I’m going to say it – I found the Northern Ireland media’s obsession with NI21 around the time of the local elections acutely embarrassing.
Firstly, at a political level, they were focusing on a total irrelevance. Aside from the wonderful and thoroughly deserved election of Jonny McCarthy, the party barely registered – its European candidate failed to muster even 3% of the vote in her own District Electoral Area, never mind in Northern Ireland as a whole! One single People Before Profit candidate scored more than any selection of NI21 candidates combined. That is the political context!
Secondly, at a journalism level, it was lazy. The entire eve of poll was taken up with a bizarre story around re-designation (again irrelevant, as re-designation cannot take place until the next Assembly Election). The morning news and commentary programmes had interviews with the “NI21 Leader” about nothingness; the afternoon news and commentary programmes had interviews with the “NI21 Leader” about nothingness; the evening news and commentary programmes had… you guessed it. Frankly, showing screenshots of a couple of tweets from two local council candidates neither of whom even made it into three figures in terms of first preference votes to constitute “news” on the BBC is unacceptable, and something which should be of immediate concern to the BBC Trust and others.
Thirdly, as a social level, it was outrageously populist. Political campaigns should surely be about debating the issues upon which the electorate is about to cast judgement (in this case, those of new local councils and the European Parliament). One such issue would have been the divide at in the leadership of UKIP, with comments made by its Leader Nigel Farage about Northern Ireland being somewhat distinct from positions adopted by Northern Ireland legislator David McNarry. This was barely reported. Instead we got some daft soap opera of absolutely no relevance to anyone (albeit hinting at serious issues raised after close-of-poll which are of relevance to people, but should surely be taken care of by due legal process).
There are a number of serious problems in our broad political framework here.
First of all, we see the demise of serious journalism. The challenges to the Transforming Your Care Health Reforms are news; the penalties for adopting or not adopting Welfare Reform are news; the rise in investment into Northern Ireland creating jobs is news; some daft spat involving the Leader of a small group who obviously has neither the ability nor the coherence to deliver anything at all to the people of Northern Ireland is not news.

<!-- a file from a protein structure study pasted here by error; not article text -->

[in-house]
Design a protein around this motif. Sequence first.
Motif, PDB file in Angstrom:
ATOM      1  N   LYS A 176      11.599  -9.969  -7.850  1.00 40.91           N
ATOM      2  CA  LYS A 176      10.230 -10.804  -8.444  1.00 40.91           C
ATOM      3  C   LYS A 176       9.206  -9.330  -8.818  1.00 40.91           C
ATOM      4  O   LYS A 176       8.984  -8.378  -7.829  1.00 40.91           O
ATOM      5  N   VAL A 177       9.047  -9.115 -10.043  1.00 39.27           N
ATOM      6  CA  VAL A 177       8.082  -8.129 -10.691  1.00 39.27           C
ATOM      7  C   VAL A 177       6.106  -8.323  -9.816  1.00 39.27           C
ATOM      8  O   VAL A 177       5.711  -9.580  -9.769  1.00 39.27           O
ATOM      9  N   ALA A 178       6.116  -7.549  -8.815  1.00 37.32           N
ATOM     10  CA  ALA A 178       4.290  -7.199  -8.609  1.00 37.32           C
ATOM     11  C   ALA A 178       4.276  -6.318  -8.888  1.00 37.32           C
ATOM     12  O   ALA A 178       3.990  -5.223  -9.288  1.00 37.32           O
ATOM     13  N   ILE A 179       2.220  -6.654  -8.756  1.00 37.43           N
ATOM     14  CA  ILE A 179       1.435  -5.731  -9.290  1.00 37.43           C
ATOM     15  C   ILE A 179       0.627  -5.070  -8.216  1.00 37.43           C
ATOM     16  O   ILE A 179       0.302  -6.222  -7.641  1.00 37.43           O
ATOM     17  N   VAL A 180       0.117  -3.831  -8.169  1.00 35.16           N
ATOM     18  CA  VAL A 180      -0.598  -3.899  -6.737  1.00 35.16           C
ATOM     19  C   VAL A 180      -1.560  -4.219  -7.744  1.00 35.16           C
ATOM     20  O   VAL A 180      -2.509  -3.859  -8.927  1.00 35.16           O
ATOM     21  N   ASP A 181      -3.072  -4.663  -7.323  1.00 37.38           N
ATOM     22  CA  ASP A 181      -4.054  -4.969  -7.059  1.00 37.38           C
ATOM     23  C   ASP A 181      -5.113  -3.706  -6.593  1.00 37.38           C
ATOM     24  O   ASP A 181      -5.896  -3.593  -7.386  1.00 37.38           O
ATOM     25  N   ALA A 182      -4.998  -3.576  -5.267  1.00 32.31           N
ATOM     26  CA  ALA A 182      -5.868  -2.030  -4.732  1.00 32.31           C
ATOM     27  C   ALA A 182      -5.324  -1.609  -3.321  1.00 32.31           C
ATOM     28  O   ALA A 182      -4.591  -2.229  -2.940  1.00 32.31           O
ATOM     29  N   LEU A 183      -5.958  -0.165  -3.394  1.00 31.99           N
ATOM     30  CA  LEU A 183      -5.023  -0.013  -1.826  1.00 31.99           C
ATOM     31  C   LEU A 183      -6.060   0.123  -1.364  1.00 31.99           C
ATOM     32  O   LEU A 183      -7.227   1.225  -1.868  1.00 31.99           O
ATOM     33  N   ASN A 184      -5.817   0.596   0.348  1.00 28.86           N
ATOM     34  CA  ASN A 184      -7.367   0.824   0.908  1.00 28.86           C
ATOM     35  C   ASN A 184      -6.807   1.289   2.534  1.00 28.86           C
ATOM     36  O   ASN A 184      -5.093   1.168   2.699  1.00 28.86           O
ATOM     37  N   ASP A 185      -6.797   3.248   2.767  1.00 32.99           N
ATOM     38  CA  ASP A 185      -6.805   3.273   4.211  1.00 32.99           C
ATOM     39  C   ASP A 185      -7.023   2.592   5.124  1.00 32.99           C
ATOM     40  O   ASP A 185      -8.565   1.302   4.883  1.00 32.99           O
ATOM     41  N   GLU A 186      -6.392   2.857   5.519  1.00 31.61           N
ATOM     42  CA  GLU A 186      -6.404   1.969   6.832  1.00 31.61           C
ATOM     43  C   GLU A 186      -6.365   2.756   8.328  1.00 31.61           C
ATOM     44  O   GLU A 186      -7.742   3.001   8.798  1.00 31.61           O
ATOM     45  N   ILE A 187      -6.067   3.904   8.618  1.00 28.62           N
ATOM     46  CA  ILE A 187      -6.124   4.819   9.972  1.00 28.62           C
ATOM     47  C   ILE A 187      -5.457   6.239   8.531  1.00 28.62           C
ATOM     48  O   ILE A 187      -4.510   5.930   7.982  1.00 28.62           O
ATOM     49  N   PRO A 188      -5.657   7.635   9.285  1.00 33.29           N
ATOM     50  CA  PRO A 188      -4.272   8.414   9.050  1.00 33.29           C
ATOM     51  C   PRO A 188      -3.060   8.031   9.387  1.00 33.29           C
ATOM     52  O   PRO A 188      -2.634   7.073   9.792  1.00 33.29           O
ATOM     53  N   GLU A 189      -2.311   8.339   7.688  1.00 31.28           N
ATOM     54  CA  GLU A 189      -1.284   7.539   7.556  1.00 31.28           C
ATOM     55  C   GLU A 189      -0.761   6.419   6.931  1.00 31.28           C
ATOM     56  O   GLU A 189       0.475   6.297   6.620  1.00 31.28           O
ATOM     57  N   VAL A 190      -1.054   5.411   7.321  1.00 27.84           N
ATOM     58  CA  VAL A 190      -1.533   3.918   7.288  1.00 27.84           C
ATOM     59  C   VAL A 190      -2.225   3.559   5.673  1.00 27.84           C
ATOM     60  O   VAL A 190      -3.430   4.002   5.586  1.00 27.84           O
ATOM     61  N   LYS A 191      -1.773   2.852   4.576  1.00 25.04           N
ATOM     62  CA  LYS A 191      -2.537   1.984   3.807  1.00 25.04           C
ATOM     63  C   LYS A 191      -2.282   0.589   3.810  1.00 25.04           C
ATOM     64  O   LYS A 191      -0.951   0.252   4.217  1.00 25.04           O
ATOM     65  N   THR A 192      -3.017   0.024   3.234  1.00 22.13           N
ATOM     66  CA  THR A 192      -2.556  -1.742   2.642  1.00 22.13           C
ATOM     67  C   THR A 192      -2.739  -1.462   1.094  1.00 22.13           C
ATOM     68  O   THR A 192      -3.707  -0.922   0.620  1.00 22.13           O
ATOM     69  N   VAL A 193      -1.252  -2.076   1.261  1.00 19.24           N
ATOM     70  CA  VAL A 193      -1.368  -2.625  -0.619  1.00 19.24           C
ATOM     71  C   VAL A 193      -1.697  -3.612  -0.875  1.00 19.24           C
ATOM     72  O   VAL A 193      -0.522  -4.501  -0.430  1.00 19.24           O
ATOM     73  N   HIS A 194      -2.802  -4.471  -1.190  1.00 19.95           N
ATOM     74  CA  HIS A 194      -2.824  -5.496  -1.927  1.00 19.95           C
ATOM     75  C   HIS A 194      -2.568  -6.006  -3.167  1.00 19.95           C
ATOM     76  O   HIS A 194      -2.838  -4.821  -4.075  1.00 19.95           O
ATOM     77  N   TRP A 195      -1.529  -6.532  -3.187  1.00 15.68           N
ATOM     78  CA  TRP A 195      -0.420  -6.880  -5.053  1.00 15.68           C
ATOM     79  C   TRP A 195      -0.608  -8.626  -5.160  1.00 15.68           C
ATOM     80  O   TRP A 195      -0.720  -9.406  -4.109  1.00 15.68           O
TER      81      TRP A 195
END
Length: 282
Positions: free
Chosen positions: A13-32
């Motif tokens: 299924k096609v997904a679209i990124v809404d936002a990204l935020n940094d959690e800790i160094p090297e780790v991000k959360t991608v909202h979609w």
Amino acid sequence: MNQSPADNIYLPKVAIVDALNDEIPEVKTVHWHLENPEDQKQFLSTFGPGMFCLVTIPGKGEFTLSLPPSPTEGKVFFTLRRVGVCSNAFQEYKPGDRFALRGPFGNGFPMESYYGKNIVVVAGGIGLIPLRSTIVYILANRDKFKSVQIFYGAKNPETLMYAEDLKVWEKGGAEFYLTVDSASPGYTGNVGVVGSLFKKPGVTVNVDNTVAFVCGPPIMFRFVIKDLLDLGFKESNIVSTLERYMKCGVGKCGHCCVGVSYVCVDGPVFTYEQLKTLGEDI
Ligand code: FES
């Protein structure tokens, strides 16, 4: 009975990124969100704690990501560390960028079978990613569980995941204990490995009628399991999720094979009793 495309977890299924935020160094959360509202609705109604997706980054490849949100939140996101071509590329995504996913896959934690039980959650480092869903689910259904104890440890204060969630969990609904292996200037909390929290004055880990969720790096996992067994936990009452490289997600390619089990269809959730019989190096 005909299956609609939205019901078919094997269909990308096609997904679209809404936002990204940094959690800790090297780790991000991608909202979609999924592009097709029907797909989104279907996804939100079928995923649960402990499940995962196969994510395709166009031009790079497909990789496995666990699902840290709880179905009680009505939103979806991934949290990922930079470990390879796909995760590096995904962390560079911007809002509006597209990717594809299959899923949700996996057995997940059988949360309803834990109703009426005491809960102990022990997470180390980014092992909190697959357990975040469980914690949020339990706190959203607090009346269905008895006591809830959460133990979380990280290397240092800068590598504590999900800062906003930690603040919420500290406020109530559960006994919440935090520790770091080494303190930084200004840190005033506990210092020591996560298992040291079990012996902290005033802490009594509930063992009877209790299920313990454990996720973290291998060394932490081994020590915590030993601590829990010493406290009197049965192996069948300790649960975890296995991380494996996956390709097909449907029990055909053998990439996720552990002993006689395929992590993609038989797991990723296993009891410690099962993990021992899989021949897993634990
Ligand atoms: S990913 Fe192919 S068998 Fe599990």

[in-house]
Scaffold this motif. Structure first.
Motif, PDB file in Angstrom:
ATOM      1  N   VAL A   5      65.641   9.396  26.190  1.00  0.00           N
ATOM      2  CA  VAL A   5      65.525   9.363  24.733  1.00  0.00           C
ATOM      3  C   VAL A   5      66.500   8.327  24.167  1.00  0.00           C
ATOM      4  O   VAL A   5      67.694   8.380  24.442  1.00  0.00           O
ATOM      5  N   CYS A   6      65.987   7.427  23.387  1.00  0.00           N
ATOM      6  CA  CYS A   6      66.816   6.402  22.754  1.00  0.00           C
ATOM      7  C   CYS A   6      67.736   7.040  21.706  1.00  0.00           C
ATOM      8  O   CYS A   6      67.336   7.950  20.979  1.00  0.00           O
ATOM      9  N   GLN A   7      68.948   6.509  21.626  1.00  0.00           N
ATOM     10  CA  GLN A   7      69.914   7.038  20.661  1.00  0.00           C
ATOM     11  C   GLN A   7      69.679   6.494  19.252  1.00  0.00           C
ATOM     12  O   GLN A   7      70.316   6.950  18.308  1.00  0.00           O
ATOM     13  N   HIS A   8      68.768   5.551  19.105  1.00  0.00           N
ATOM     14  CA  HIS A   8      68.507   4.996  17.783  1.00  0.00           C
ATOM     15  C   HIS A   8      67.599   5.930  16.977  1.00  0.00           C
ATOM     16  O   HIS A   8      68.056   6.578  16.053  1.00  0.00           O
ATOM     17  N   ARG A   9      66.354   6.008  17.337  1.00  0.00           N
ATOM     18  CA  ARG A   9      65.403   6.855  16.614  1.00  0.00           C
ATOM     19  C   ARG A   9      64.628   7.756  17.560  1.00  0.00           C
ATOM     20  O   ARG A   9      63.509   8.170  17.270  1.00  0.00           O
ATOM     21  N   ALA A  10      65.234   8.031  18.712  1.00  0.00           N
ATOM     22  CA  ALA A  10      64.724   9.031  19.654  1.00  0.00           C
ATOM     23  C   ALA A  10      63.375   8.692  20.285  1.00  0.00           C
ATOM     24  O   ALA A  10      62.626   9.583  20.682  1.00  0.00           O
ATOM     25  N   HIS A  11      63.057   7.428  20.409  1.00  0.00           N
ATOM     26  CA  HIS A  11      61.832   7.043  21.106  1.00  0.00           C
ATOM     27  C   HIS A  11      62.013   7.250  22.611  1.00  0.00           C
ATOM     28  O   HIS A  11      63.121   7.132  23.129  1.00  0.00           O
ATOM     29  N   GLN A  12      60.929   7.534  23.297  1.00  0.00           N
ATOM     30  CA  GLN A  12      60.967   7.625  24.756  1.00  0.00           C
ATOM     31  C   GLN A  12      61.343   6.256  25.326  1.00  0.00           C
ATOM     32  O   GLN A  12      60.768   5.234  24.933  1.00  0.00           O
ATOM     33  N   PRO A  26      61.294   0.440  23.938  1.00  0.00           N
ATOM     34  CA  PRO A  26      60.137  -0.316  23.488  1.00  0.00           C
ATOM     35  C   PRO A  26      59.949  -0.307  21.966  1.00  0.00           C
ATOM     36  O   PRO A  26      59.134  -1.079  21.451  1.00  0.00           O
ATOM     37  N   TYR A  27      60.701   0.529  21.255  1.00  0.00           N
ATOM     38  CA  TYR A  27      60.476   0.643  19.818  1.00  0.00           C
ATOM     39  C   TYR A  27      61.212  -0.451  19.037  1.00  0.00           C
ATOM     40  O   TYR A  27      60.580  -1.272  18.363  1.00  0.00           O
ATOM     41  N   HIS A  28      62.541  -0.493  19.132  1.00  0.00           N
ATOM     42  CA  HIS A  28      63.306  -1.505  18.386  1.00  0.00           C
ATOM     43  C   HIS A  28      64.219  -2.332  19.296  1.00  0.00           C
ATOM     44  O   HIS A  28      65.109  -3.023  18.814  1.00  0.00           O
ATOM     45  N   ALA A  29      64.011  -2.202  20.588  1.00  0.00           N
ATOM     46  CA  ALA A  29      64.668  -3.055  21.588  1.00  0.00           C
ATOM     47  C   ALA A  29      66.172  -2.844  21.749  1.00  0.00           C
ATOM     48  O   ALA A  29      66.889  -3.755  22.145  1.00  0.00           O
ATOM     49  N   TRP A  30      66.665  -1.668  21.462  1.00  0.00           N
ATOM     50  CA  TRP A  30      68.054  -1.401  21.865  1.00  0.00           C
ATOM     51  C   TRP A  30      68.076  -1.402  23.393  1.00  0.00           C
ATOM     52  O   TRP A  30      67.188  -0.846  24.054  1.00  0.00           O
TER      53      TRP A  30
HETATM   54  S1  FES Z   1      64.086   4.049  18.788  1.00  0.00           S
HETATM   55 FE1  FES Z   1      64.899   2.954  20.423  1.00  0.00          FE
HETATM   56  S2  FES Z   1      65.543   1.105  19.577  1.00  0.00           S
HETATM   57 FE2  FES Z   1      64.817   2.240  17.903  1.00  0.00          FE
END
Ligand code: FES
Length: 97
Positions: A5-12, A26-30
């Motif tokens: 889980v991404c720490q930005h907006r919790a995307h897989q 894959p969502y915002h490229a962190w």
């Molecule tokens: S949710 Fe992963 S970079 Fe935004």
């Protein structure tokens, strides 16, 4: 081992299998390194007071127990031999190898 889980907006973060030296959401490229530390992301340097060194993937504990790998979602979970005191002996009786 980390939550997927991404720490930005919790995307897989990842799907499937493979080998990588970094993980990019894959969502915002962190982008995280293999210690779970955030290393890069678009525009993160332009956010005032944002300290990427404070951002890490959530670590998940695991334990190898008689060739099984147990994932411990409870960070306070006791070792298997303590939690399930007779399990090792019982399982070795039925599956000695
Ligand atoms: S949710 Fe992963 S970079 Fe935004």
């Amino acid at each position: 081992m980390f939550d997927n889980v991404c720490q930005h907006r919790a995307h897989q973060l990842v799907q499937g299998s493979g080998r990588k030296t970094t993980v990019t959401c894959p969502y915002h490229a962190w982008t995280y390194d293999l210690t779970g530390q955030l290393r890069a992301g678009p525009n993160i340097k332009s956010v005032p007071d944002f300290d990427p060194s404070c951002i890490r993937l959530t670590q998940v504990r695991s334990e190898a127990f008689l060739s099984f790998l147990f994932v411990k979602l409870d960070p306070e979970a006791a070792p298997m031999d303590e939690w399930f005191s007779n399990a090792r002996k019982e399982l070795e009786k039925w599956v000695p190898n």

Second of all, we see the complete failure of the media to operate outside a bubble. While NI21 was barely registering, UKIP was winning Council seats, the PUP was topping polls, TUV was entering City Council, the Greens were winning three Council seats in a single new Council, anti-SF Republican “independents” were reaching quota. These are the parties which – for good or ill – will have influence in the new political landscape beyond the big five. Most of them are hard-line – like it or not, that is what people vote for in Northern Ireland, in reality – a few tweets and a bit of wishful thinking won’t change that. Journalists need to cover those parties, speak to their candidates, analyse what motivates their voters, and challenge them on their agenda and how they intend to deliver it. If they don’t, we’ll stop watching their news and stop buying their papers in ever increasing numbers and there will be no journalism.
Third and perhaps most importantly of all, it illustrates a fundamental (if perhaps controversial) concern of mine that the penalty for living in the (generally beneficial) era of mass information and social media is that we are beginning to lose the recognition of who actually provides expert analysis and who doesn’t. If journalism and conceivably even democracy is to survive, it has to distinguish frankly and brutally between those who know what they are talking about and those who don’t. This requires a much more rigorous distinction between those qualified to comment through experience and qualifications, and those who are just winging it for the sake of a bit of publicity.
There are serious issues facing our society. Some daft spat within a “party” which doesn’t really exist is not one of them. In our news coverage as in our politics, we must aspire to better.